Being Abstinent Is not Being in Recovery
Abstinence is the fact or practice of restraining oneself from indulging in something, typically alcohol and narcotics. When someone is abstinent from alcohol or drugs they are not putting those substances in their body, they are not trying to alter their mind and body in any unnatural way. The problem with being abstinent is that there is no work being done to better the mind, just because there are no drugs or alcohol being consumed does not mean that the brain will be able to repair itself from the hopeless state. There is nothing being done to help with anxiety, there is nothing being done to help with depression, there is nothing being done to help with emotional growth; when nothing changes mentally the chances of a relapse are high.
When an addict or alcoholic enters recovery they are doing much more to better themselves than someone who is abstinent from their substance of choice. Removing drugs and alcohol from one’s life is one of the first steps towards a new and amazing life, but there is much work to be done. When we are out there using drugs and drinking we tend to put life’s issues to the side, instead of dealing with them we will drink the problems away. We use drugs and alcohol to cope with stress, to deal with anxiety and with depression. We sometimes will use drugs and alcohol to celebrate an occasion or an achievement we had, we may also use drugs and alcohol to help cope with failure or the loss of a loved one. Changing these behaviors and learning how to live a new life, becoming a better person and doing it all clean and sober is what recovery is all about.
What Does Someone Practicing Abstinence Do?
As mentioned above, someone who is practicing abstinence from drugs/alcohol have decided to no longer use those substances because of the negative impact it has caused on their life. Many people who are abstinent will still crave their drug or drink of choice daily, there is a consistent internal struggling that occurs. Many of these people will missing the feelings that drugs and alcohol gave them, they may glorify that old lifestyle. They rely solely on willpower to help them fight through each day, they believe that is all they need to help their lives get to a more positive point. Many days will be a white knuckle fight, think of it like having an angel on one shoulder and the devil on the other. The devil is begging them to go out and use again, to go back to that comfortable coping mechanism, while the angel realizes that there is no good to be found on that side and tries to persuade them to stay off the stuff.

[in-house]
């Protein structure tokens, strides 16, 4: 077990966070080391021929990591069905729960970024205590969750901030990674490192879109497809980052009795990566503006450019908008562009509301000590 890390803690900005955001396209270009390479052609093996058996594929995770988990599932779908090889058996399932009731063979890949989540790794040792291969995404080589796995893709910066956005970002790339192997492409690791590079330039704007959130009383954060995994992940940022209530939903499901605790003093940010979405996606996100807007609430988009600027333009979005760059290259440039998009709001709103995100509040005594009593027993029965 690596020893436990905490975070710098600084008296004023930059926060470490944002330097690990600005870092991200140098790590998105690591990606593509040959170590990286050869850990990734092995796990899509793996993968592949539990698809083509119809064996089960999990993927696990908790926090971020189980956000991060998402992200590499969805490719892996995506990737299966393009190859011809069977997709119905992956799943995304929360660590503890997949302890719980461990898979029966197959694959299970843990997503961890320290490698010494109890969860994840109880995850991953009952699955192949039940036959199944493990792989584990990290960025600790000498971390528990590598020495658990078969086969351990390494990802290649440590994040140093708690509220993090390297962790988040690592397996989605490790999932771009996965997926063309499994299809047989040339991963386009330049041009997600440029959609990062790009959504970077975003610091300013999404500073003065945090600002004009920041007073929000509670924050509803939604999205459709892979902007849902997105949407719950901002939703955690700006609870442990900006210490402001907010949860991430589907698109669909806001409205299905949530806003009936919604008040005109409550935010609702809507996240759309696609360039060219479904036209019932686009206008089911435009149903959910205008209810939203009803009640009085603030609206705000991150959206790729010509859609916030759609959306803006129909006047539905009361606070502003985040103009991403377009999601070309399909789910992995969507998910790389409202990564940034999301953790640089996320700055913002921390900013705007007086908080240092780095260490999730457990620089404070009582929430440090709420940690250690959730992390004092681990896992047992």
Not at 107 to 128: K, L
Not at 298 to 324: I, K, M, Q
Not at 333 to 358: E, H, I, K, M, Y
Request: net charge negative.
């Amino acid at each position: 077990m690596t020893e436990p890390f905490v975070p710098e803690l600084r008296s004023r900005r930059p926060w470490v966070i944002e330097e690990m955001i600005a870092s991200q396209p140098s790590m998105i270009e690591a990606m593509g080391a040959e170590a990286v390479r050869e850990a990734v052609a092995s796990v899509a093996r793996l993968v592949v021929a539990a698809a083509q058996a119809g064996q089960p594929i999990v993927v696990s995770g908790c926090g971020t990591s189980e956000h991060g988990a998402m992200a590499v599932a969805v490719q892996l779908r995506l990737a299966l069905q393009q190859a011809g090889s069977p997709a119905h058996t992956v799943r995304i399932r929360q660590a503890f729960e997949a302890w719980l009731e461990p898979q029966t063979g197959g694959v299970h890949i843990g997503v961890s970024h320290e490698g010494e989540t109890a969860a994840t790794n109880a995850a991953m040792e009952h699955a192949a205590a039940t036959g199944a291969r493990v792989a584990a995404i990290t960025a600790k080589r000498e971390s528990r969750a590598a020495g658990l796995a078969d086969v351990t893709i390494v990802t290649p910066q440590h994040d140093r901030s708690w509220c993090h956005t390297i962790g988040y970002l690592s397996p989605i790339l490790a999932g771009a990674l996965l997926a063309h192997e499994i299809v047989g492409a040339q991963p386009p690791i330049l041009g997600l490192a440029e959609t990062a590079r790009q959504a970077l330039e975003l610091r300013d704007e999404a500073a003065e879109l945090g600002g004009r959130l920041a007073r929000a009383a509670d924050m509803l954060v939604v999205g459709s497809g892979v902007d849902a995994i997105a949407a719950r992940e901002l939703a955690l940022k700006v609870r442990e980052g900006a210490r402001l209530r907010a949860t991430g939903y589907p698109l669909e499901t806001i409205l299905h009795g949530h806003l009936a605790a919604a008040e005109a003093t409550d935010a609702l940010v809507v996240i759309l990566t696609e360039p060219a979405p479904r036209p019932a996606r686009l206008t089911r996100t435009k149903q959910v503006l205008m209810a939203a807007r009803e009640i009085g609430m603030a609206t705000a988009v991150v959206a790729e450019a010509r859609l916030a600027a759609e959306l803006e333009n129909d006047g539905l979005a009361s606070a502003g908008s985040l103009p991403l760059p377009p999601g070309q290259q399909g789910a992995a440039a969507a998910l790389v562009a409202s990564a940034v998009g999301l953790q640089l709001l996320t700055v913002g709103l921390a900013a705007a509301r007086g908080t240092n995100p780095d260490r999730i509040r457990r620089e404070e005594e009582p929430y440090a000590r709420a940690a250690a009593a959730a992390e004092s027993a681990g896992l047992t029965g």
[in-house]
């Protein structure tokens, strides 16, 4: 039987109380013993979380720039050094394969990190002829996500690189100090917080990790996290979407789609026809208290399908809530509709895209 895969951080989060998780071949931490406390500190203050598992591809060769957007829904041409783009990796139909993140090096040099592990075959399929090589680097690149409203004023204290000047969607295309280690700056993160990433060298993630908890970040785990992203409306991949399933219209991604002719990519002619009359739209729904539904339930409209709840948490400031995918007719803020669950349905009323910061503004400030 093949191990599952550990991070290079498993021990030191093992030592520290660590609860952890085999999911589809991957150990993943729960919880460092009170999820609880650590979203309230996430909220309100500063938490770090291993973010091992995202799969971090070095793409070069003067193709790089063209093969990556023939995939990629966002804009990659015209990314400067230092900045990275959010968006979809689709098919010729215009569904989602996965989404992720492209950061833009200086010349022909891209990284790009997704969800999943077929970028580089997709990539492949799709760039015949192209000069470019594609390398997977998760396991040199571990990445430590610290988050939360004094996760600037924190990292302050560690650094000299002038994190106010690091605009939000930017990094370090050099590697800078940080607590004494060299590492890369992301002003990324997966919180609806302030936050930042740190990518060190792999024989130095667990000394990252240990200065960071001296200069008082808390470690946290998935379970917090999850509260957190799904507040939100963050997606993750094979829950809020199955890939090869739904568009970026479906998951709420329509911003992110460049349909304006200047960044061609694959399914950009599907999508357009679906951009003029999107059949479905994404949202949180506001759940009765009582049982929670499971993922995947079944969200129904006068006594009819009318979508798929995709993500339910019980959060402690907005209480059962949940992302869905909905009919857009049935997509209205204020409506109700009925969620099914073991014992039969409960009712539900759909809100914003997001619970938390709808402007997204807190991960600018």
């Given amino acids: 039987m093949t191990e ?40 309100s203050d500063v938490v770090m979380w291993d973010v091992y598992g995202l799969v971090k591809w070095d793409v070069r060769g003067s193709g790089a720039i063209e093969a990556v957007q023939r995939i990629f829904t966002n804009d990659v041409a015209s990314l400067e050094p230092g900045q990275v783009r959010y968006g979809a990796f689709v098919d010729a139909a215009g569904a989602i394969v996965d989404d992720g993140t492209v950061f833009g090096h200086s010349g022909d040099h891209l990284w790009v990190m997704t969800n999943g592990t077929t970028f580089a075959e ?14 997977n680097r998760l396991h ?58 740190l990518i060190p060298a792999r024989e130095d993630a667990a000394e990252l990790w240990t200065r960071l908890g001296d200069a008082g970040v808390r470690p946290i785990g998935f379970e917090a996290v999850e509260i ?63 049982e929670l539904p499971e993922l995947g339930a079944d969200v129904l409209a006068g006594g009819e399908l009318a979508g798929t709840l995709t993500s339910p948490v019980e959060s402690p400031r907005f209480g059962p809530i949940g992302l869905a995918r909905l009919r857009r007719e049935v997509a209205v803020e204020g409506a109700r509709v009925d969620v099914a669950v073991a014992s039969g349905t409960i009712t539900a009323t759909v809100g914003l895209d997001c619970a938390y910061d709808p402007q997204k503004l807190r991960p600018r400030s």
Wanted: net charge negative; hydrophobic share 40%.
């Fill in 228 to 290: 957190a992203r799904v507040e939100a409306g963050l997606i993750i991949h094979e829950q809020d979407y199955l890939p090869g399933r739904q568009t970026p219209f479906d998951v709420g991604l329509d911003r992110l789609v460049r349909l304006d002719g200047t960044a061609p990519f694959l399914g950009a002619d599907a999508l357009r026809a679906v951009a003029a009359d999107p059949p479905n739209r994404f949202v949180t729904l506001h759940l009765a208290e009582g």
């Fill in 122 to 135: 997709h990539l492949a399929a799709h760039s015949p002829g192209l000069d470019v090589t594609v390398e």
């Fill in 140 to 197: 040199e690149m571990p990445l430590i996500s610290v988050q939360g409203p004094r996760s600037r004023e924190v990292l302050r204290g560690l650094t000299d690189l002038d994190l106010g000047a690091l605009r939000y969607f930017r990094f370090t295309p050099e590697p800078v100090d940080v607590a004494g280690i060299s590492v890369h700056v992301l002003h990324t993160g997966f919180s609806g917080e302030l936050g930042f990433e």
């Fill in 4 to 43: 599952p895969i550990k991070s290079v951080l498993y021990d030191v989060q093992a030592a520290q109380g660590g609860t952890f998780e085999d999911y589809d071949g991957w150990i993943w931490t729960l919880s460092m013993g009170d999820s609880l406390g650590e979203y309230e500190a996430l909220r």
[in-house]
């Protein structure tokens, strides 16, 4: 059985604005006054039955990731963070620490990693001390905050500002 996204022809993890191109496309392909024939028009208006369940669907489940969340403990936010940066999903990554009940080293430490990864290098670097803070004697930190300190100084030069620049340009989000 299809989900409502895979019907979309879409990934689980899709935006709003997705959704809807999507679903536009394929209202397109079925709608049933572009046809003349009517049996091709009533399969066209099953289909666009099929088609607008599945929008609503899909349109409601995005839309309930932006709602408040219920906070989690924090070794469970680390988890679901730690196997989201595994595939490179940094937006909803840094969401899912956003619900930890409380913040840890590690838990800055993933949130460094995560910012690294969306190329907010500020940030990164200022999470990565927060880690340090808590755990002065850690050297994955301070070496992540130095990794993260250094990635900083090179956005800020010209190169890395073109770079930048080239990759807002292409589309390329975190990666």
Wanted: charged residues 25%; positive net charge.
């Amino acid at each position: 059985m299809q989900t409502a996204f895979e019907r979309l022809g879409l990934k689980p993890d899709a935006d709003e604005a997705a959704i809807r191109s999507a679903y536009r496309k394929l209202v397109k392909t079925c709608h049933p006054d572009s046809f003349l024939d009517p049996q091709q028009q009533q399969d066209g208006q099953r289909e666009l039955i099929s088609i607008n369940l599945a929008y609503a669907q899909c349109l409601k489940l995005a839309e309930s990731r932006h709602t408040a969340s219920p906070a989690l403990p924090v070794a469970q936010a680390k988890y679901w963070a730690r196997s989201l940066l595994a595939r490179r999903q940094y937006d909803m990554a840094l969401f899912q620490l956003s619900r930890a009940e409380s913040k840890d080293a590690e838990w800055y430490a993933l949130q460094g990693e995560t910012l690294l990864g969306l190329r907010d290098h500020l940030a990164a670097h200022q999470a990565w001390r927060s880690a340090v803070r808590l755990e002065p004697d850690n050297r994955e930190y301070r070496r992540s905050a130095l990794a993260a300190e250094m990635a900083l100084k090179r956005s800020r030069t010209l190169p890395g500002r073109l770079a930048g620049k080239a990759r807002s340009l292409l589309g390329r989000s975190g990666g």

Someone who is in recovery is working on making a new life for themselves. Many addicts and alcoholics in recovery will try and change people, places and things. They will stop hanging out with that old crowd that they used to use with. They will stop visiting that bar or stop going to that part of town where they got their drugs. They will change their routine and ultimately their entire lifestyle to help them live a new sober life. Of course people in recovery are not using drugs and alcohol, they chose to do this to help them live a better life, but for many it is not a daily white knuckle fight. They enjoy the feeling of being clean and sober, they are grateful for their new lives and often seek out helping others achieve that same freedom. Will power obviously plays a part in recovery but they continue to learn tools to help deal with cravings when they come. They learn how to live life through new healthy ways of thinking and living.
How Does Someone Enter Recovery?
Most alcoholics and addicts will start their road to addiction recovery by entering into an inpatient detox center. Getting physically off of drugs can be an extremely painful and difficult to come off of. Going through a medical detox center will help decrease the amount of physical pain associated with the detox and will also help reduce the chances of a medical emergency, such as a seizure occurring. Doctors and nurses are able to help with the detox by administering medications that help with the entire withdrawal process.
After successful completion of an inpatient drug detox center it is a smart idea to enter into an inpatient drug rehab center. In the inpatient drug rehab center addicts will learn more about themselves and about the disease of addiction. It is also a safe environment that will allow the mind to clear up from the drugs that have damaged it for so long. As the mind clears it will become more accepting of new ideas and ultimately a new way of life. Once an addict has completed n inpatient rehab center they will typically have around 30-60 days clean, allowing them to put everything they have into their aftercare and their addiction recovery.
Once in an aftercare program like Alcoholics Anonymous, Narcotics Anonymous or S.M.A.R.T Recovery they will start to lean how to live a new life, a positive life and a fulfilling life without drugs or alcohol. Daily life won’t be a struggle it will be a pleasure. Happiness becomes natural again and emotions of all kinds are welcomed. Entering a rehab is not a necessary party of recovery but it sure will help make it easier to succeed.